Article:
Guilty of an indiscretion? Time to marry a werewolf.

Rejected by her family, Faith crosses the Atlantic, looking for a marriage of convenience and revenge. But things are done differently in London. Werewolves are civilized. At least they pretend to be.

UPCOMING SCRIBBLES

GAIL’S DAILY DOSE

Your Moment of Parasol . . .

Image that influenced lesbian side characters Lady Flo and Jane in Poison or Protect 1862 Title- Ladies’ Companion Date- Thursday, May 1, 1862 Item ID- v. 42, plate 86

Your Infusion of Cute . . .

Your Tisane of Smart . . .

Your Writerly Tinctures . . .  

Book News:

Darque Dreamer Reads says :

Curtsies & Conspiracies offered everything Etiquette & Espionage did. It had humor, whit, ridiculously fun antics, and vivaciously dynamic characters. It also offered plenty of gadgets and gizmos, important lessons on espionage and character assassination, and vivid descriptions of dirigibles and the wonderful world of The Finishing School.”

FS C&C Foreign Editions

Quote of the Day:

Questions about Gail’s Parasolverse? There’s a wiki for that!

Tags:

Posted by Gail Carriger

4 Responses

  1. Darque Dreamer said:

    Mermaids was pretty awkward, haha! I am actually feeling this way about the book. It’s just not hitting me the way it did so many others.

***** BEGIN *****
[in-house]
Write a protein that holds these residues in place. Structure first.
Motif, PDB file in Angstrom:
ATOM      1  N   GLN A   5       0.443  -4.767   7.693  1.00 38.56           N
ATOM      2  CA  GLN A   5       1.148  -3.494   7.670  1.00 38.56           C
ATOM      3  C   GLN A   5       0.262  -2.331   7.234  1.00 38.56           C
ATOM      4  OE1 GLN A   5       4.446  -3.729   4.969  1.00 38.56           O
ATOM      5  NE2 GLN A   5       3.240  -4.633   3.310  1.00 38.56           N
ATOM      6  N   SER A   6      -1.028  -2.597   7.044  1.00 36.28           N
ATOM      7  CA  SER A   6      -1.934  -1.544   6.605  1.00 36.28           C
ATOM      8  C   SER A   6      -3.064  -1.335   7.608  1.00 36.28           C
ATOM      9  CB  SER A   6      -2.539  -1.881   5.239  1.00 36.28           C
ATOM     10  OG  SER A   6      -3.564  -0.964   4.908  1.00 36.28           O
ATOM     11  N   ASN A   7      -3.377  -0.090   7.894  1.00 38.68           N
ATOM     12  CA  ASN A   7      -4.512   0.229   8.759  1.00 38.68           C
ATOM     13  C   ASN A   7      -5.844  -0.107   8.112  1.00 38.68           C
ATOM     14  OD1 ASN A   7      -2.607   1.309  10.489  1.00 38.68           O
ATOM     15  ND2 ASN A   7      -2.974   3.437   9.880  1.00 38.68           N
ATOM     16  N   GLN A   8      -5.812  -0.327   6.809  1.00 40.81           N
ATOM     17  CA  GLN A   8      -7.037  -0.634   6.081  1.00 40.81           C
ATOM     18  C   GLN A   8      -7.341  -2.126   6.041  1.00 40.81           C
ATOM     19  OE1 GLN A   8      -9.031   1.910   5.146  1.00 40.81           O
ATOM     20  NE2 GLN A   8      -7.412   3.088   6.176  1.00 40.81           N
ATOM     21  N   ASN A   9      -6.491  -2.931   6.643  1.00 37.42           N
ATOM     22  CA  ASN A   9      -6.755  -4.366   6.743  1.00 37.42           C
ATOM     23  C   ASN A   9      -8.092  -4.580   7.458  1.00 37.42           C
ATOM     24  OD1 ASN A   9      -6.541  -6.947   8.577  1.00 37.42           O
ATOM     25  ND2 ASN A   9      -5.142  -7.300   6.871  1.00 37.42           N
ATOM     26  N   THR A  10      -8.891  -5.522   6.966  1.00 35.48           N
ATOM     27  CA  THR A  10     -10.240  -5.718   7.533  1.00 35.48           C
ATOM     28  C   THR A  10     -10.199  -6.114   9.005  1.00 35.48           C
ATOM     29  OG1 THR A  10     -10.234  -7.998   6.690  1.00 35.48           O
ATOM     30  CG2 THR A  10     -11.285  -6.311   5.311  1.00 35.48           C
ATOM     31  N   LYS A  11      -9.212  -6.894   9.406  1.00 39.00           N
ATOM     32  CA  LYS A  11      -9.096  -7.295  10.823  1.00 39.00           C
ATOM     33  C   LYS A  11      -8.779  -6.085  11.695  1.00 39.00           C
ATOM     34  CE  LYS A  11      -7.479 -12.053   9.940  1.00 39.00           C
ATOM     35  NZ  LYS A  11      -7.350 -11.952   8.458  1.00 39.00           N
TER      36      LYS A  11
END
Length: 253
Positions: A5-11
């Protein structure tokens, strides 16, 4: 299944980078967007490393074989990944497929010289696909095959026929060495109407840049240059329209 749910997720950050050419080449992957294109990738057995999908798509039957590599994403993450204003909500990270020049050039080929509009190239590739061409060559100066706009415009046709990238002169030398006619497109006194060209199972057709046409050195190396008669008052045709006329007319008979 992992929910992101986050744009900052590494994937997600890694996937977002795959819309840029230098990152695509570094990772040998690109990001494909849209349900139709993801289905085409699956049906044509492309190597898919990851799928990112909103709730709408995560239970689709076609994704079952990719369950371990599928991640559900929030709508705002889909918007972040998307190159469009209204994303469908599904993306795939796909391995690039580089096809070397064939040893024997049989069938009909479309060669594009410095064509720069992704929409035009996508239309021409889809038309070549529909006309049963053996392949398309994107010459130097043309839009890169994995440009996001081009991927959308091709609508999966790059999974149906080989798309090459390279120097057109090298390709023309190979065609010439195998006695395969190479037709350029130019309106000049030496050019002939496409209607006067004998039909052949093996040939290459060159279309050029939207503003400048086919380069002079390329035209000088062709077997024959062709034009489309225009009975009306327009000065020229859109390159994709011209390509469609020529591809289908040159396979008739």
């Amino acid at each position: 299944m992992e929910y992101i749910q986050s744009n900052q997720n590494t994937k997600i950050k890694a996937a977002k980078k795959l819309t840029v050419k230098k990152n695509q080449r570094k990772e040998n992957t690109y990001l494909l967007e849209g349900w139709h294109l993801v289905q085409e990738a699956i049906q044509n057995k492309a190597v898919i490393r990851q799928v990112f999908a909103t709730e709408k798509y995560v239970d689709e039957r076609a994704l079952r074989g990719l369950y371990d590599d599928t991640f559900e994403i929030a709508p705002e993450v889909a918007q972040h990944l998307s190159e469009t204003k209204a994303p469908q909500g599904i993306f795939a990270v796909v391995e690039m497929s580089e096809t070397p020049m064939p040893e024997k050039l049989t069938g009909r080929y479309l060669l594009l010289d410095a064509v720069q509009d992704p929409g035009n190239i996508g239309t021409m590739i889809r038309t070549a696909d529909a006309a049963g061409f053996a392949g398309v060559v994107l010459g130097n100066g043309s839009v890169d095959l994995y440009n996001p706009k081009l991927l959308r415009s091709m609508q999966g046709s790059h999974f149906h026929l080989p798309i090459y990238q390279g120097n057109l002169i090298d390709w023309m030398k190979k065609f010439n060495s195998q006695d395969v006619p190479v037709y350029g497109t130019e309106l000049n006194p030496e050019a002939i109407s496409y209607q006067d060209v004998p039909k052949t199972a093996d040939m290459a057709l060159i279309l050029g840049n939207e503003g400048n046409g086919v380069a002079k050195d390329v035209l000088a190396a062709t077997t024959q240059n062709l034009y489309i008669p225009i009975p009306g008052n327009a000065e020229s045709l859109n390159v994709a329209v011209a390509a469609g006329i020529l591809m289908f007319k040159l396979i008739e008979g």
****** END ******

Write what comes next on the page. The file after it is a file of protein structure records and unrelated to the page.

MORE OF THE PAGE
Thank you for featuring part of my review for Curtsies & Conspiracies! I so love your books! <3

  2. Chelsea said:

    My comment will be the most pedestrian among literary people, but the book was better.
    There were far more snappy retorts, and funny exchanges that didn’t make it into the film.
    Your concern on the final plot point (which I share by the way – everyone watching him ride was painful) was avoided in the book.
    That being said, the film has opened a lot of dialogue with my students. A number of my kids saw me reading it during reading time and wanted to chat about it, and seemed interested to read it once I was done. So for that purpose the film helped a lot.

Leave a Reply

(will not be published)

© 2018 Gail Carriger | Disclaimer & Privacy Policy | Site built by Todd Jackson